HONG KONG—The Chinese government has already spent at least U.S.$800 million on state-of-the-art monitoring technology to control its citizens online, but recent moves suggest Beijing may soon tighten its grip on cyberspace still further.
Residents of the southern boomtown of Shenzhen wishing to use instant messenging software to engage in group discussions are being required to have their real identities verified by IM company Tencent, it has emerged recently.
The move reflects growing official determination to control Chinese cyberspace, and is a worrying foretaste of things to come, observers told RFA's Mandarin service.
"What the real-name system does, is to use a person's real identity to register when expressing an opinion," independent current affairs commentator Zhou Bin said from neighboring Hong Kong.
"That means they will verify your ID card and your real name before you can use the service," Zhou told RFA's Mandarin service.
"This function was performed by the public security department or Internet service providers on behalf of the public security authorities in the past," he said.
The real-name concept is not something new, and has already been piloted in some provinces and higher education institutions since 2003, effectively dampening the vitality of campus-based bulletin boards (BBS) forums, Chinese activists say.
"The sole purpose of the real-name registration system is to impose severe controls over public opinion in cyberspace and to further a surveillance society in China," U.S.-based dissident-turned-blogger Xiao Qiang said in a recent commentary broadcast by RFA.
Xiao said national security and propaganda departments had also trained a network of on-line "commentators" to manipulate public opinion as expressed in Internet forums, BBSs and message groups.
"On one hand, the Chinese government forces netizens to expose their real identities to facilitate government supervision, while on the other, it pays to train Party publicity personnel to hide their identities to fabricate false public opinion," he said.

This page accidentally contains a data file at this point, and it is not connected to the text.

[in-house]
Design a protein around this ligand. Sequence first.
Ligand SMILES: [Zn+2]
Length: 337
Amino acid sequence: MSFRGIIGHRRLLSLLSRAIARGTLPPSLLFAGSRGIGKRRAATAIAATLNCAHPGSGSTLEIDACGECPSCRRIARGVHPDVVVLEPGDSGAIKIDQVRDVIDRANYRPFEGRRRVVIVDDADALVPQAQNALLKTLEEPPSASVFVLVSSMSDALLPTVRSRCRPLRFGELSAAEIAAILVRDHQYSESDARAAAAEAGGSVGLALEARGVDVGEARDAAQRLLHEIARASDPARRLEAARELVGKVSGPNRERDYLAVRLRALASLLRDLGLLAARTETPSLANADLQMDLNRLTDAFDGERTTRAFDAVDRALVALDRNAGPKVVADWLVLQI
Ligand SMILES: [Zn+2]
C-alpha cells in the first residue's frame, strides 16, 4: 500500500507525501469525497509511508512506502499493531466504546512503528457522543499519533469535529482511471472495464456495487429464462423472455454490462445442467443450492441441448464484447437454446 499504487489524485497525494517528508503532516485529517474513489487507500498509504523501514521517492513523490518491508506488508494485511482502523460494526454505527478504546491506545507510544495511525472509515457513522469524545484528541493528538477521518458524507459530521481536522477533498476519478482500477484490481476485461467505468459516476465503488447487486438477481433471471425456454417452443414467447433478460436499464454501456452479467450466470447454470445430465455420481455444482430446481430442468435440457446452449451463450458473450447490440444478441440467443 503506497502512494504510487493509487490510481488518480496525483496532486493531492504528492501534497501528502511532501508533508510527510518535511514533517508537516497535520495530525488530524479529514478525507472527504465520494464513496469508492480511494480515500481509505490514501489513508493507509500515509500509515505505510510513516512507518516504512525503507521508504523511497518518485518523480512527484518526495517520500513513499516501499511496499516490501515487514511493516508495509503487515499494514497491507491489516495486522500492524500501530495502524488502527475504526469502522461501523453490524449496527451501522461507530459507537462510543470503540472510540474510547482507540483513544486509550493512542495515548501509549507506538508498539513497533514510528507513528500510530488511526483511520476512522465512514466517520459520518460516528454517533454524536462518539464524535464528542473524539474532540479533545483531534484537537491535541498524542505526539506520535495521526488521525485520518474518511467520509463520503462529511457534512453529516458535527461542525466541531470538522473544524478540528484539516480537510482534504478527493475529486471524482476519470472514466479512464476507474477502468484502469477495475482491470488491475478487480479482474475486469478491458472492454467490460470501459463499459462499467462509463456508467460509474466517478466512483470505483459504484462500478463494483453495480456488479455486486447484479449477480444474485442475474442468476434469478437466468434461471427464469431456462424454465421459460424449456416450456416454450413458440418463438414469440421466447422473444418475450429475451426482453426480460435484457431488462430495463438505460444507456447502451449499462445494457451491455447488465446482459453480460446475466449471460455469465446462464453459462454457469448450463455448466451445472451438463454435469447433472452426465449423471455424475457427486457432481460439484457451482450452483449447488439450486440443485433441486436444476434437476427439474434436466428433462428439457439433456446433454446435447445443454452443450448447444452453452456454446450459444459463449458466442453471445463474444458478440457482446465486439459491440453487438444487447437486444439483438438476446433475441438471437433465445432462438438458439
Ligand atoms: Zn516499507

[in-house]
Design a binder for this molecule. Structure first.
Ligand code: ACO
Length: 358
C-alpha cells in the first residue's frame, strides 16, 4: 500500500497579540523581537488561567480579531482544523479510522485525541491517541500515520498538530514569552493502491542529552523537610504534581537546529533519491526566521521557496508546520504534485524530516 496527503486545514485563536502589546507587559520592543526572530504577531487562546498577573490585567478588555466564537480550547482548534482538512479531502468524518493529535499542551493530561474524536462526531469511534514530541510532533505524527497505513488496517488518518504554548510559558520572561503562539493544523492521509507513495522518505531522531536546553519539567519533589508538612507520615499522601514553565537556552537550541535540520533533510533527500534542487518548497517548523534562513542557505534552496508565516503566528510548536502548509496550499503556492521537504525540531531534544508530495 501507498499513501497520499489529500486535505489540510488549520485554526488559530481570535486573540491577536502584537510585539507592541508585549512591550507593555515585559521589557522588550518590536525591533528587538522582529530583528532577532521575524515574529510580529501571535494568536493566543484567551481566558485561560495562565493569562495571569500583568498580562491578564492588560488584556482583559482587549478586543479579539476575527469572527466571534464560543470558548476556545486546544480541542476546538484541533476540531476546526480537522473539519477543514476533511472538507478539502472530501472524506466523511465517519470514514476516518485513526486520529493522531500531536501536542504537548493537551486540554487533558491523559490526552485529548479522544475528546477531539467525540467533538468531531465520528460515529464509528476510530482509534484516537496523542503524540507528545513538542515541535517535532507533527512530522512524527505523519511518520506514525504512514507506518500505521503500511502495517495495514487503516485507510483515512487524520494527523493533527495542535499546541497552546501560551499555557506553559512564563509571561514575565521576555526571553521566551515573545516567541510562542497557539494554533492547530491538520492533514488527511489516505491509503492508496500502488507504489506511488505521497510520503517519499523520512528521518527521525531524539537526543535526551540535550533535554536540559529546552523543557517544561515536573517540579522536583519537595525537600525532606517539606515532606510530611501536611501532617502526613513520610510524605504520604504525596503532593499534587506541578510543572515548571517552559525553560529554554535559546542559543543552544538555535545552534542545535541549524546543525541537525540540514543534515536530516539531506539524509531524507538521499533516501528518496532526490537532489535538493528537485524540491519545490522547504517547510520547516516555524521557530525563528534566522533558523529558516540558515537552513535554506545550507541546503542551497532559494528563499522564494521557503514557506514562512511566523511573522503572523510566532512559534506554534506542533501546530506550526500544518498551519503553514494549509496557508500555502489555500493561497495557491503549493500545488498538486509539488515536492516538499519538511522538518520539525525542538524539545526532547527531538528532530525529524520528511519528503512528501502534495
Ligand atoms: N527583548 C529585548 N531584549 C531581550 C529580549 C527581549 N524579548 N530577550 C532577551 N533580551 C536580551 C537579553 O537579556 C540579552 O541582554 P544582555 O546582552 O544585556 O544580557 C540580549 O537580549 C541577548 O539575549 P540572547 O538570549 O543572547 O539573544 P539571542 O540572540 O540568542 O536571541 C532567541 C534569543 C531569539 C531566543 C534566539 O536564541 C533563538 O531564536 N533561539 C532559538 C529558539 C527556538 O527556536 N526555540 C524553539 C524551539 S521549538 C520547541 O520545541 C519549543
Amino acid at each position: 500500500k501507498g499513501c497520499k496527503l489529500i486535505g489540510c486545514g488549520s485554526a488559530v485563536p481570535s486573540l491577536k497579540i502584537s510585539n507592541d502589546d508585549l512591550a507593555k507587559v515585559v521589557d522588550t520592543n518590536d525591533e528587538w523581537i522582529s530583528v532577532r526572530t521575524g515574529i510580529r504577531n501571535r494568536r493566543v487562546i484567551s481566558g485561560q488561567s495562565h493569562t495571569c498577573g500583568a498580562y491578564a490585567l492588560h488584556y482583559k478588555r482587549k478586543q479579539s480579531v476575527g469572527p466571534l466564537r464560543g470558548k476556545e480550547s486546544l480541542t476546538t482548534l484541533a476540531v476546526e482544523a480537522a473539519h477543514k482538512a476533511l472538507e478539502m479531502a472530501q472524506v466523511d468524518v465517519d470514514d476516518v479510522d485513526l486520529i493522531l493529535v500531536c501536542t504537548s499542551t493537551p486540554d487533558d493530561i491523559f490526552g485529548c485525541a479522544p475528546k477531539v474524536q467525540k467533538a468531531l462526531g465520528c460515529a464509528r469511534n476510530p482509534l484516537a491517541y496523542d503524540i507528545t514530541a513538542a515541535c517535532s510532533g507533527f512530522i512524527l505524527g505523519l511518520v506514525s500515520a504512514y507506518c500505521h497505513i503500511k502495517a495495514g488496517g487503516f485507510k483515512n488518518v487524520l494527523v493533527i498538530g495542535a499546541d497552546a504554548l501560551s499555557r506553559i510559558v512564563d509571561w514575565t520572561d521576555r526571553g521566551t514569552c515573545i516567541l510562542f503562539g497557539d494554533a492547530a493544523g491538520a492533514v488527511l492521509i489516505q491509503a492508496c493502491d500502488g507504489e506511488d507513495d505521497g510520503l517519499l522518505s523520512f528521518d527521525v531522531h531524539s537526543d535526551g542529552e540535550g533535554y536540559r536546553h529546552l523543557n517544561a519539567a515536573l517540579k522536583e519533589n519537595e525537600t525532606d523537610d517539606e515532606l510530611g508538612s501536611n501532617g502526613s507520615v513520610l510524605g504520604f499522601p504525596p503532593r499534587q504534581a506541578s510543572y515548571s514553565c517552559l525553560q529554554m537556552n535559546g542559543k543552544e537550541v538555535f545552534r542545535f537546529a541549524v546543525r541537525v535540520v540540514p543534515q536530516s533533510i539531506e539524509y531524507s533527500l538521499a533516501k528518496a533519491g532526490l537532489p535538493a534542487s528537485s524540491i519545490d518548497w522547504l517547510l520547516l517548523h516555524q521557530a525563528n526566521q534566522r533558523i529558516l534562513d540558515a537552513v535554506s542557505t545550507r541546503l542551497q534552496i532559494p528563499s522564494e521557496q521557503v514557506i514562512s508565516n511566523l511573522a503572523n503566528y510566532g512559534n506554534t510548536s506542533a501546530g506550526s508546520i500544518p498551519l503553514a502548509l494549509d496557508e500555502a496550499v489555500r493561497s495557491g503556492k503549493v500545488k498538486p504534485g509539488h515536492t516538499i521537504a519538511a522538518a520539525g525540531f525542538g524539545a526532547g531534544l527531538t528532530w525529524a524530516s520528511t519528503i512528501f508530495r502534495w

Chinese bloggers using their own domain name have already been required to re-register, giving the names and addresses of any site administrators, who are recorded as responsible for moderating site content. Many have already blogged about the bureaucratic and financial obstacles placed in the way of individual bloggers.
Zhou said the Web site registration requirement--now apparently being taken up by Tencent in Shenzhen--gave the government instant control over the relatively small number of its citizens who organized instant message groups, or QQs, or other on-line discussion media.
Self-censorship was the ultimate goal, he said.
"It means organizers have to scrutinize the speech themselves for fear of getting into trouble, because postings that are offensive to the authorities often appear on the QQ sites," he said.
Not all Chinese officials are of the same mind as the hard-line propaganda department on this issue, however. Liu Ze, an official at the Beijing Cultural Center who follows developments on Internet controls by the government, said he thought that compulsory real-name registration was going too far.
"I support or advocate certain appropriate restrictions. I advocate Internet real-name system but it should not be mandatory," Liu said.
Government attempts to censor the Web have drawn the strongest reaction from China's otherwise docile university students, many of whom were angered by the closure of high-profile BBS discussion boards like Beijing University's Yitahutu last year.
"There are many things to be exchanged, whether it is technology or other things," a university student in the northern coastal province of Shandong told RFA reporter Yan Ming.
"The Internet is an educational platform. Even though it does not affect us, we still feel uncomfortable [about real-name registration] because people have their privacy," the student said.
Major search engines, service providers and technology companies—including U.S.-based Yahoo!, Cisco and Microsoft—have already been criticized by advocates of free speech online for cooperating with Beijing to censor "bad" words like "democracy" and "Taiwan independence" and to block content which the government doesn't like from users in China.
Yahoo! China's recent U.S.$1 billion merger with Chinese-owned Alibaba will effectively sidestep any need for Yahoo!, as international partner and 40 percent stakeholder, directly to negotiate censorship issues with Beijing, devolving all such decisions to the local management team.
But industry analysts told RFA that the decision was largely prompted by the realization that Yahoo! China had been losing ground to homegrown search engines and e-commerce companies like Alibaba. Both sides stood to gain from the new relationship in terms of furthering their core businesses, they said.
China has invested at least U.S.$800 million in a sophisticated Internet monitoring system which is being jointly developed by the Ministry of Public Security and the Ministry of National Security, experts have told RFA.
China had 103 million Internet users as of June 30, representing a nine million increase over six months and an 18.4 percent growth rate compared with the same period last year, the China Internet Network Information Center reported.
Original reporting in Mandarin by Yan Ming, Wen Jian and Xiao Qiang. RFA Mandarin service director: Jennifer Chou. Produced for the Web in English by Luisetta Mudie.